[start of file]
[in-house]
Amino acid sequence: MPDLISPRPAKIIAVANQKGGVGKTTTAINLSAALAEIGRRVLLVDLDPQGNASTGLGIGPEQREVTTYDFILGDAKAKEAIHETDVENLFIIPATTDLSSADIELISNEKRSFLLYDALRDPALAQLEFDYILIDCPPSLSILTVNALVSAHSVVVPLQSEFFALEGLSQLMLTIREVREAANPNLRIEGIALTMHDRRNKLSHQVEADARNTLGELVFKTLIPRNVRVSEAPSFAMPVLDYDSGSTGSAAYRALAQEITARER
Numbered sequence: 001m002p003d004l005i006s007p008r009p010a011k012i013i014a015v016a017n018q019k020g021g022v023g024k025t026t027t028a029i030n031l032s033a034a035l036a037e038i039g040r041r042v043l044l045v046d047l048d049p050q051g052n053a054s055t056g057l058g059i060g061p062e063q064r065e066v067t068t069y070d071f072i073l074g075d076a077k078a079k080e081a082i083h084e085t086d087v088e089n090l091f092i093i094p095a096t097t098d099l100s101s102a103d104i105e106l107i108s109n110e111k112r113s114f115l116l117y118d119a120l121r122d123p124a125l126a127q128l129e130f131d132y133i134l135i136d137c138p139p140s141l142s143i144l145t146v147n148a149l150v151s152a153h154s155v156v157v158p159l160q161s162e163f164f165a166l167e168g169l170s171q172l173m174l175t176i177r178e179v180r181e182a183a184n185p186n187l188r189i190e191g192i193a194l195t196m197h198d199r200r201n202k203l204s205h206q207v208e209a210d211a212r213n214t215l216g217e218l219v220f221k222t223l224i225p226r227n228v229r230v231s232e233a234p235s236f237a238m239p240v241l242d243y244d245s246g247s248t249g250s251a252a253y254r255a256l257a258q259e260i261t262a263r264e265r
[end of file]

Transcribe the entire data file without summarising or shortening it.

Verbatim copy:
[in-house]
Amino acid sequence: MPDLISPRPAKIIAVANQKGGVGKTTTAINLSAALAEIGRRVLLVDLDPQGNASTGLGIGPEQREVTTYDFILGDAKAKEAIHETDVENLFIIPATTDLSSADIELISNEKRSFLLYDALRDPALAQLEFDYILIDCPPSLSILTVNALVSAHSVVVPLQSEFFALEGLSQLMLTIREVREAANPNLRIEGIALTMHDRRNKLSHQVEADARNTLGELVFKTLIPRNVRVSEAPSFAMPVLDYDSGSTGSAAYRALAQEITARER
Numbered sequence: 001m002p003d004l005i006s007p008r009p010a011k012i013i014a015v016a017n018q019k020g021g022v023g024k025t026t027t028a029i030n031l032s033a034a035l036a037e038i039g040r041r042v043l044l045v046d047l048d049p050q051g052n053a054s055t056g057l058g059i060g061p062e063q064r065e066v067t068t069y070d071f072i073l074g075d076a077k078a079k080e081a082i083h084e085t086d087v088e089n090l091f092i093i094p095a096t097t098d099l100s101s102a103d104i105e106l107i108s109n110e111k112r113s114f115l116l117y118d119a120l121r122d123p124a125l126a127q128l129e130f131d132y133i134l135i136d137c138p139p140s141l142s143i144l145t146v147n148a149l150v151s152a153h154s155v156v157v158p159l160q161s162e163f164f165a166l167e168g169l170s171q172l173m174l175t176i177r178e179v180r181e182a183a184n185p186n187l188r189i190e191g192i193a194l195t196m197h198d199r200r201n202k203l204s205h206q207v208e209a210d211a212r213n214t215l216g217e218l219v220f221k222t223l224i225p226r227n228v229r230v231s232e233a234p235s236f237a238m239p240v241l242d243y244d245s246g247s248t249g250s251a252a253y254r255a256l257a258q259e260i261t262a263r264e265r